Round-up of Playful Creative Summit 2021

David Chislett Alyea Sandovar

The second edition of the Playful Creative Summit came to a close at midnight on Sunday 25 April… even though you can still view ALL the pre-recorded material if you sign up for an All-Access pass.

The first Summit succeeded beyond our expectations. Instead of a few hundred people, we had well over a thousand attend. We didn’t make enough money to retire, but we DID make enough to cover costs and decide to do the second edition in 2021.

But doing a second edition was always going to involve change. You don’t want to rest on your laurels and just do the same thing over again, do you?

Weapon of mass creation badge

So change we did! The biggest change from 2020 to 2021 was the introduction of LIVE and interactive sessions.  The core of the summit remained the pre-recorded interviews with playful and creative experts from around the world. But we added on the options for people to upgrade their free general access in order to attend and participate in six live sessions: two play sessions, two workshops and two networking sessions.

Another big change was in how we dealt with our speakers. This year, we went to great lengths to pull them much closer to us and to the summit, by having regular online briefings and networking, setting up a WhatsApp group and generally making more of an effort to create a community space for those who wanted to use it.

The original summit was already conceived as an online event before the Covid pandemic got started. We were curious to see how we would go 12 months later. Zoom fatigue, proliferating online options, over-availability of FREE content were all factors that COULD impact our growth.

Publicity to Community

To cut through the clutter, we also did something else new: recorded short promo videos with each speaker after their interview recording session. We also conducted an extensive and regular email and social media campaign to try and find as many touch points with our existing audience and our potential new audience as possible.

This year, we also launched a PR campaign, with content, graphics material and information sent to a wide range of creativity or Play-oriented publications. This resulted in a number of Podcast interviews, a magazine article and a range of blog column inches.

The biggest change in the outcome of the summit has been the emergence of a strong sense of community. While the reaction and feedback to the first edition was very positive, we did not get much push-back in terms of trying to keep these people together.

That changed this year. Comments from speakers and public alike showed that there is a distinct lack of places where people interested in Play and Creativity can congregate, share information, learn, grow and network.

A particular example of this is the WhatsApp group we set up to stay in touch with our speakers and to help them with questions or problems. Not one speaker has left since the Summit closed. True, we are not abusing this channel, but everyone is keen to stay hanging out and to see what happens next.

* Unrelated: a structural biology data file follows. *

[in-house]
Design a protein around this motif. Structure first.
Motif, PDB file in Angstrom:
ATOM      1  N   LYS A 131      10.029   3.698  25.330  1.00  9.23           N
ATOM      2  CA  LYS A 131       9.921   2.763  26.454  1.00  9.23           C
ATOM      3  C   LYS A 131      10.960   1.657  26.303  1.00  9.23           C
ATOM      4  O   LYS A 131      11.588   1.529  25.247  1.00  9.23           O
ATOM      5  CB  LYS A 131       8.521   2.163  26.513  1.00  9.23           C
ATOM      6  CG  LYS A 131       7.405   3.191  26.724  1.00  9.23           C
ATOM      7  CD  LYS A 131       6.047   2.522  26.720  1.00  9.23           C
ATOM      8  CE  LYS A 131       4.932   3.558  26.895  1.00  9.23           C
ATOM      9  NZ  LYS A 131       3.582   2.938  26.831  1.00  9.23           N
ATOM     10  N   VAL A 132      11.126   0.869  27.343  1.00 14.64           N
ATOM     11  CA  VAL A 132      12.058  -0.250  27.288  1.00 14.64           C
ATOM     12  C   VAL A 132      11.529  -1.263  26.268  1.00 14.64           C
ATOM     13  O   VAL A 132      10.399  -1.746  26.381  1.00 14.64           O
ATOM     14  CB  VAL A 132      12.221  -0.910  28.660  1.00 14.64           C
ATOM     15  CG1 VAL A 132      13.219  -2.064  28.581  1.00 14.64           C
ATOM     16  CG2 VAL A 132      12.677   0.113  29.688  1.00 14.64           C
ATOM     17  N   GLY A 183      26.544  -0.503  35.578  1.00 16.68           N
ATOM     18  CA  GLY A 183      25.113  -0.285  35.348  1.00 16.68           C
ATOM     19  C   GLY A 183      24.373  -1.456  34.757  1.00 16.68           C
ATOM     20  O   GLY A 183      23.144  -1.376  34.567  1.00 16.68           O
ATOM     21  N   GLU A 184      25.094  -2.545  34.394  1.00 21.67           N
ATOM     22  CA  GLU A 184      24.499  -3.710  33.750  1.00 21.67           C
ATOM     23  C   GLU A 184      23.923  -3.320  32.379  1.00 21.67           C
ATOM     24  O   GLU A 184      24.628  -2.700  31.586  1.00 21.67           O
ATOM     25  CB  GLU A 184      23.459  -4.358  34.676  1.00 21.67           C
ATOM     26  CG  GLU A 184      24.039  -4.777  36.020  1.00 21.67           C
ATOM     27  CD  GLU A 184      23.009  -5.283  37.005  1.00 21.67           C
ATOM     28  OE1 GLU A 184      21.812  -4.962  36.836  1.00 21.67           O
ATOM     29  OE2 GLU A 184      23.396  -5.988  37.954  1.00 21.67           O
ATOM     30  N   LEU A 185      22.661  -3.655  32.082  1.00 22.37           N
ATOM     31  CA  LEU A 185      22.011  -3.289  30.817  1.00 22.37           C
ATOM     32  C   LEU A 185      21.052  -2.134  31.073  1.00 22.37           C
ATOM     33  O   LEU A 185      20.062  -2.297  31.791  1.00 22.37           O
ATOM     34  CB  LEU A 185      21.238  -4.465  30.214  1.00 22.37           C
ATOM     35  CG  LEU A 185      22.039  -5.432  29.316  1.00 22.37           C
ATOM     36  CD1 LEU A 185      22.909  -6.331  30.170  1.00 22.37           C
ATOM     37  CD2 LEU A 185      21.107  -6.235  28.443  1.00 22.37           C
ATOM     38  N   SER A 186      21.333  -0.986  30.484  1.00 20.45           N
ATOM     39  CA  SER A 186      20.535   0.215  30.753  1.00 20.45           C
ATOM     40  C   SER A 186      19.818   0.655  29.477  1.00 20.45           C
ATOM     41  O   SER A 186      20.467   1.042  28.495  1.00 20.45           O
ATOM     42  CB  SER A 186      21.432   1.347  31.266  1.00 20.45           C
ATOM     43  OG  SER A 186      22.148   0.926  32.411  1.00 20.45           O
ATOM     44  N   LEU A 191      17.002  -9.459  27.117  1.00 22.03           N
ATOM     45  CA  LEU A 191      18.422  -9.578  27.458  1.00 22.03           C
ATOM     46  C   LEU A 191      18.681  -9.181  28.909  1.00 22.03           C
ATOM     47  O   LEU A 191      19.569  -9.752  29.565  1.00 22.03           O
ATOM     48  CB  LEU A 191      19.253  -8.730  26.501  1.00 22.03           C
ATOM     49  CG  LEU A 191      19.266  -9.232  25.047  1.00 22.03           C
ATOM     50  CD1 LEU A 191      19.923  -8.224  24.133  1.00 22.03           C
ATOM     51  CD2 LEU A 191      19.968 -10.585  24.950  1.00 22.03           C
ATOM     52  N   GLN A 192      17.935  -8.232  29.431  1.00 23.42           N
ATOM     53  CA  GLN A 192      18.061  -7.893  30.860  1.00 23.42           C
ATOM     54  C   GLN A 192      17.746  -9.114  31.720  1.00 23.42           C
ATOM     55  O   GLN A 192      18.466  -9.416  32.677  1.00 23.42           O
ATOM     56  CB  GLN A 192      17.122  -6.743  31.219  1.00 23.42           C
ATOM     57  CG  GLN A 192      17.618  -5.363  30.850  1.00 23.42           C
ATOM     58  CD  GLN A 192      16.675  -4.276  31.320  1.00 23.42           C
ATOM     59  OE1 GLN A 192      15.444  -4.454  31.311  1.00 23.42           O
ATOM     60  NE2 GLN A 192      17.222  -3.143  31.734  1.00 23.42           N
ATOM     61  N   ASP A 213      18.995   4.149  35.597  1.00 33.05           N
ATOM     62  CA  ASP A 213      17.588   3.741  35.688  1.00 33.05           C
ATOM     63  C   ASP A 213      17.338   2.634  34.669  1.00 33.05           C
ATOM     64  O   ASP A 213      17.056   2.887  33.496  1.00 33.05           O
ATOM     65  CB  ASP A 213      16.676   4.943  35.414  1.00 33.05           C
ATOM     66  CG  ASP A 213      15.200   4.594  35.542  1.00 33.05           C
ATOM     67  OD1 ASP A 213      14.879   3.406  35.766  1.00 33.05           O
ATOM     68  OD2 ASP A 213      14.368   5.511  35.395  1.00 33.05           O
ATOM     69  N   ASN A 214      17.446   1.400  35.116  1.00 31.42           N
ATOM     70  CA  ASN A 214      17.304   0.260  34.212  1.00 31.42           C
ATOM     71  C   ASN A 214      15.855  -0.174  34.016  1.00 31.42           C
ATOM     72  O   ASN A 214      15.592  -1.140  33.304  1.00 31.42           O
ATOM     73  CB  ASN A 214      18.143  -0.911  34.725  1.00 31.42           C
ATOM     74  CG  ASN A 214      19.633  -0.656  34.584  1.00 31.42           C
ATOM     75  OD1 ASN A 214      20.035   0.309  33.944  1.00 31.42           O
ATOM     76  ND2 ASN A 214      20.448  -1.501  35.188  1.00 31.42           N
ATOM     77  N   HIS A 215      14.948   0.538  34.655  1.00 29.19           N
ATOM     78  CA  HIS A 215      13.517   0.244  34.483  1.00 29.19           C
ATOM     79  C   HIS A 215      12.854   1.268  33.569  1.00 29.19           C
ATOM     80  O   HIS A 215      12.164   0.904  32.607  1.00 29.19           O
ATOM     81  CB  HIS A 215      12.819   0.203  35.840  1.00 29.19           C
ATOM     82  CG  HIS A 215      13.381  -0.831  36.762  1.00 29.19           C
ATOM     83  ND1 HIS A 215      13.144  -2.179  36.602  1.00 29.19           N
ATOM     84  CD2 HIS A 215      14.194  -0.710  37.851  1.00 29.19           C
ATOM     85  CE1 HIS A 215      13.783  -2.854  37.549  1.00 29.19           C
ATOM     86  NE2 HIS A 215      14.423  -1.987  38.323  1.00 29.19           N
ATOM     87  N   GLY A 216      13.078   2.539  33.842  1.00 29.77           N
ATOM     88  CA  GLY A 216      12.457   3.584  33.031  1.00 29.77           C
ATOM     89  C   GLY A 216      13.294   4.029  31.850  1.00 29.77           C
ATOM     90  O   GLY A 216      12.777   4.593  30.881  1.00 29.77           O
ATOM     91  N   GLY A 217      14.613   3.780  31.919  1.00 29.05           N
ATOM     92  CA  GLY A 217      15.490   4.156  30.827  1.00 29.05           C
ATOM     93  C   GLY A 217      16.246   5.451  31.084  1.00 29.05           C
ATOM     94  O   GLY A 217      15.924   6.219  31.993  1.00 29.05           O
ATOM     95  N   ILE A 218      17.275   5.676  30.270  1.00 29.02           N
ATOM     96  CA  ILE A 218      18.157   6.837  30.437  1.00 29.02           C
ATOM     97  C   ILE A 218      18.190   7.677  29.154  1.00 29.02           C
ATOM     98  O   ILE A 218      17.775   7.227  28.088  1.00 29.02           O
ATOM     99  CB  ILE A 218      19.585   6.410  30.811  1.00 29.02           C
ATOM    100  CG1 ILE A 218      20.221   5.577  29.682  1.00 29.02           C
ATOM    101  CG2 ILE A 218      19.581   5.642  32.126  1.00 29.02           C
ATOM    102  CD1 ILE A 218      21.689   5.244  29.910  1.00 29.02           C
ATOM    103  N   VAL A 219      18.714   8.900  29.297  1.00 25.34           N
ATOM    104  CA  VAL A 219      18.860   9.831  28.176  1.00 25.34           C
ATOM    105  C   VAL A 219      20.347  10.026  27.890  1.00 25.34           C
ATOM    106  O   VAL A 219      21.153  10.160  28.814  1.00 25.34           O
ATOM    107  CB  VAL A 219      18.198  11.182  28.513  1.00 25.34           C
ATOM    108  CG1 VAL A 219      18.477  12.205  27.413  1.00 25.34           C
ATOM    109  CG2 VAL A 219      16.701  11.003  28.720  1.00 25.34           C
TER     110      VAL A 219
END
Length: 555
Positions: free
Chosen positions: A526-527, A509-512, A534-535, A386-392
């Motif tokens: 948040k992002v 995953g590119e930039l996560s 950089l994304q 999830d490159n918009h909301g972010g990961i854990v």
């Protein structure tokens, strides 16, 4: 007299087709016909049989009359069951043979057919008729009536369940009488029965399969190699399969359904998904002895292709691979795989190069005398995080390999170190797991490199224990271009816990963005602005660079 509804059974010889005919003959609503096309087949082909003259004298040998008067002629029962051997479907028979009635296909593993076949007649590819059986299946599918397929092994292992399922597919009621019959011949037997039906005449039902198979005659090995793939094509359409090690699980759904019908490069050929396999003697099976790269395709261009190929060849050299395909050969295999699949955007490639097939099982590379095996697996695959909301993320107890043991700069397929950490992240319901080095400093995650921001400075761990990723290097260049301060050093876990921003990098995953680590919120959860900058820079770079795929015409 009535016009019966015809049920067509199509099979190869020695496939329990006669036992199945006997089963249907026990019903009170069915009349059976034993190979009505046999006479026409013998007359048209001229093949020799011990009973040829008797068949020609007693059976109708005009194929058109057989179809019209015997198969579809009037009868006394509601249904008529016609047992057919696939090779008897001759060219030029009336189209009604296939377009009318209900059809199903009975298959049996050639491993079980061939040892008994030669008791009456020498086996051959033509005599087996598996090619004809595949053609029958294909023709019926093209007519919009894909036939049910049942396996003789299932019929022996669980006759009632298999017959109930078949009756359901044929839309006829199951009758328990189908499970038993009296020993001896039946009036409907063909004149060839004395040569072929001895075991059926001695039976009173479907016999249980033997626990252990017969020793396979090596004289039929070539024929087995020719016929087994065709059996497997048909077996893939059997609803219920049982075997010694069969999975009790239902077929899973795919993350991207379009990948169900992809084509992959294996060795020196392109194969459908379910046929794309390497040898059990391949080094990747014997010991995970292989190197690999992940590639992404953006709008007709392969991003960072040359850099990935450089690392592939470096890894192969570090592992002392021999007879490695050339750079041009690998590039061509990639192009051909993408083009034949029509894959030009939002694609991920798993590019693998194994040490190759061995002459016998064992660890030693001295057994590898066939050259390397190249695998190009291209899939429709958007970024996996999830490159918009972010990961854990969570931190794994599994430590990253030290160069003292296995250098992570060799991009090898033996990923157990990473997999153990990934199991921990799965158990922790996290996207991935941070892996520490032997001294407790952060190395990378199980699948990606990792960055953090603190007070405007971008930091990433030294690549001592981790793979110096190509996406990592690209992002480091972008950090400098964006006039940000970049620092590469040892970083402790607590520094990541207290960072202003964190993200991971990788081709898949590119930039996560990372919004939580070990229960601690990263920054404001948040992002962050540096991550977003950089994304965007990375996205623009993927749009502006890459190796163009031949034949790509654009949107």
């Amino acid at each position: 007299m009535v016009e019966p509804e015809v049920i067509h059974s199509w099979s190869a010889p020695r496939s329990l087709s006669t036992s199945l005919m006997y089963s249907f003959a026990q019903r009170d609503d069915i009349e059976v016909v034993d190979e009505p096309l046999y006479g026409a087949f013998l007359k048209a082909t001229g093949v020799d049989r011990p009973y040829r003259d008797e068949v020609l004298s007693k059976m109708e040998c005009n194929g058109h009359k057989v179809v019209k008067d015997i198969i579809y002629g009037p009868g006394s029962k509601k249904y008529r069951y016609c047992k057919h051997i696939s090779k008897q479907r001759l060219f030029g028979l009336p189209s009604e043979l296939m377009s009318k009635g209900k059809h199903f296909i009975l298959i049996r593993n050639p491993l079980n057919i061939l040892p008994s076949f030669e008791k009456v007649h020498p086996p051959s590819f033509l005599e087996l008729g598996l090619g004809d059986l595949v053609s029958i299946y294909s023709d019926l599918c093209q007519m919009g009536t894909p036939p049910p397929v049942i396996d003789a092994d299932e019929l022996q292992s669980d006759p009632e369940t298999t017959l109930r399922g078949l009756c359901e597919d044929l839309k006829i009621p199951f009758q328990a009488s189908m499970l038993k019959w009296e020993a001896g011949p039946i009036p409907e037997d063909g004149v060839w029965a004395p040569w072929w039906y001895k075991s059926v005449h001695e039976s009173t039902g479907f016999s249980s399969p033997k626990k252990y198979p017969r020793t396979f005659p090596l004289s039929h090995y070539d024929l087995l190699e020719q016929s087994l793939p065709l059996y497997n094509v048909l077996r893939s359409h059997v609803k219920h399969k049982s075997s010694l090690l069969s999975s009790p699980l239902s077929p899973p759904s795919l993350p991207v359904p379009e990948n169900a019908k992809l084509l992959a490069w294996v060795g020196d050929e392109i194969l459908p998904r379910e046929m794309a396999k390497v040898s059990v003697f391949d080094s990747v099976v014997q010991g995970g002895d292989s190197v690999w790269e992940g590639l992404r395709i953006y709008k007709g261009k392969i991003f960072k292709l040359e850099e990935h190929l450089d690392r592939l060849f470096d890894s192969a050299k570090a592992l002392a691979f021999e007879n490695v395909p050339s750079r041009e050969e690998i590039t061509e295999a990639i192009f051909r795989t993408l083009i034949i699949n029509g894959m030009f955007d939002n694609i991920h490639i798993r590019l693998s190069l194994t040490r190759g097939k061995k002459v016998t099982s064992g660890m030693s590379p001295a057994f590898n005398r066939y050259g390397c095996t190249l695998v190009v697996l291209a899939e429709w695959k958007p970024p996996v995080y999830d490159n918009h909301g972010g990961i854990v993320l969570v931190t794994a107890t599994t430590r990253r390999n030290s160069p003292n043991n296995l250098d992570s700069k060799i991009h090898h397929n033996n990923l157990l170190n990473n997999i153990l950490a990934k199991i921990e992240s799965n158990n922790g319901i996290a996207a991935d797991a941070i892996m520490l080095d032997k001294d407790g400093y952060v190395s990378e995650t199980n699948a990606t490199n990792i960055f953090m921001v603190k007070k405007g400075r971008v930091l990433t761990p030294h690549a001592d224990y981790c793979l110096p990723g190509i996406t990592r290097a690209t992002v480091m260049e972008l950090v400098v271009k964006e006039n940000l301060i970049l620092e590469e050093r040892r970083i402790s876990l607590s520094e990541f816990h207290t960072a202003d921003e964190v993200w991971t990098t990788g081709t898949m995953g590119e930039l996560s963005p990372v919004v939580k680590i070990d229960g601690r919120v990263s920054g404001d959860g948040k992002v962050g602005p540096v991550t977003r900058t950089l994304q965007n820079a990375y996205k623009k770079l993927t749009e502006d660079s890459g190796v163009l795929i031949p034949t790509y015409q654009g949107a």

Numerous emails have come in with questions about the future and expressing the sense of lack of a real play and creativity community.

Rebel Reject Create Ship

It’s hard to know what to do with this change in impact. We love it and it feels great, but Communities are complex and complicated things. This information is still in the pot being processed!

The live and interactive sessions were without doubt responsible for a lot of this changing of tide in sentiment. For many of the session the same faces kept popping up, and connections and friendships were started in the breakout rooms in in the Zoom chat.

Clearly, everyone is missing the ability to just meet NEW people and chat about things that are important to you.  As the pandemic has mutated, so has our social response, our willingness to engage and our levels of fatigue

Reading anything into our statistics and figures is next to impossible to do. There are so many variables that effected our success or lack thereof.  Therefore, whatever we DO do next will be all about how we FEEL about the future, and not what the statistics tell us.

Play and creativity are the best weapons to deal with change and the growth it often requires. We hope that, especially in these fast changing and uncertain times, the Summit was able to help people facing change, to find new ways of navigating it, and new tools for taking advantage of it.

The main takeways?

  • Play and creativity may never have been as important as they are now
  • People are craving a community around these subjects
  • The constant nature of change currently is impacting our desires and purpose
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Autor / Poet / Musician / Artist at
David Chislett was born in Britain, raised in South Africa and is resident in The Netherlands. Nowhere and Everywhere are home. He is a published author, poet, musician and artist and has also been an entrepreneur for over 25 years. The link that joins everything in his life together is creativity,

By sharing what he knows about this human capacity he aims to improve the world, one presentation at a time. He has been on stage in one capacity or another since 1980, bringing experience, research, humour and passionate energy to every presentation he does.
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